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Buildmax looks like an NAV play

The company reported a 13% increase in Tangible NAV from 284c per share to 323c per share.
Part of the thinking behind our new Moneyweb Trades section is to allow investors to have a look at the portfolios of some of the financial journalists on our teams and see some of our portfolios and our thinking behind them. 
One of the stocks which I have long been bullish on is JSE-listed contract mining group Buildmax which currently sees Brait holding around 40% and Coronation sitting on 30% of the issued share capital. The company was recapitalised a few years back and repositioned to take control of some of the contract mining opportunities on the continent. 
Unfortunately a global over-supply of coal and a string of labour issues in the South African mining sector have meant that while that while the company has improved operationally, there has been limited upside for the share price. 
That was until on 1 August 2014, the company had confirmed that it had received a non-binding expression of interest from a third party to acquire the entire issued share capital of Buildmax. Since then, the share price has rallied nearly 20% to trade at R2.40 per share. This puts it on a price to earnings multiple of around 7 times historical earnings, which appears undemanding.
The obvious question will be: “What offer will this potential buyer table?” 
While Net Asset Value (NAV) calculations always need to be taken with a pinch of salt, when Buildmax reported its full-year financial results to the end of February 2014, the company reported a 13% increase in Tangible NAV (TNAV) from 284c per share to 323c per share.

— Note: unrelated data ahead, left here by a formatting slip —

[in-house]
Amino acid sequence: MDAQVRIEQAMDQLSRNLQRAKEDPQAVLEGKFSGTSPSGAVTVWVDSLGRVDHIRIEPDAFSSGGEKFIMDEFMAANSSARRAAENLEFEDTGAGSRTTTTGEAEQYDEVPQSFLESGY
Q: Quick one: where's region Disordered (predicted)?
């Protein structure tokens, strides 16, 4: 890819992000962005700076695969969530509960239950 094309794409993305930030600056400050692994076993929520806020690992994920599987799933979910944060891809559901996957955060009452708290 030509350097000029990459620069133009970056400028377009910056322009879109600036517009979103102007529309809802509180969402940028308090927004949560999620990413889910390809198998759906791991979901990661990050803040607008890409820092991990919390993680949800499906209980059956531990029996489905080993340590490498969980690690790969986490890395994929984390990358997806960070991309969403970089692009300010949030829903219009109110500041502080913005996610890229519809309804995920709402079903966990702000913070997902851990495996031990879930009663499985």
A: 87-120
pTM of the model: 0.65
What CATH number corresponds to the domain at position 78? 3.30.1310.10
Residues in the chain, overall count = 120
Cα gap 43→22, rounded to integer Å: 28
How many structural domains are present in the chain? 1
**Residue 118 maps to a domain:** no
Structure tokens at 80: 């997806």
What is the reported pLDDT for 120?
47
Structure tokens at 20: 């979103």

This obviously represents a significant premium to where Buildmax presently trades. 
The next interesting calculation to consider is how much of the current Buildmax valuation is cash. If we assume that Buildmax has been cash-flow positive since reporting its full-year results, then at least 52c of the R2.40 is simply cash.
While I have been beating this Buildmax drum for a while now, I can’t believe that the likes of Brait and Coronation would be prepared to exit a cash-flow positive, profitable business at below its TNAV at a time when management has indicated that they see an upside in coal prices over the next 12 to 18 months. 
**Author holds shares in Buildmax 

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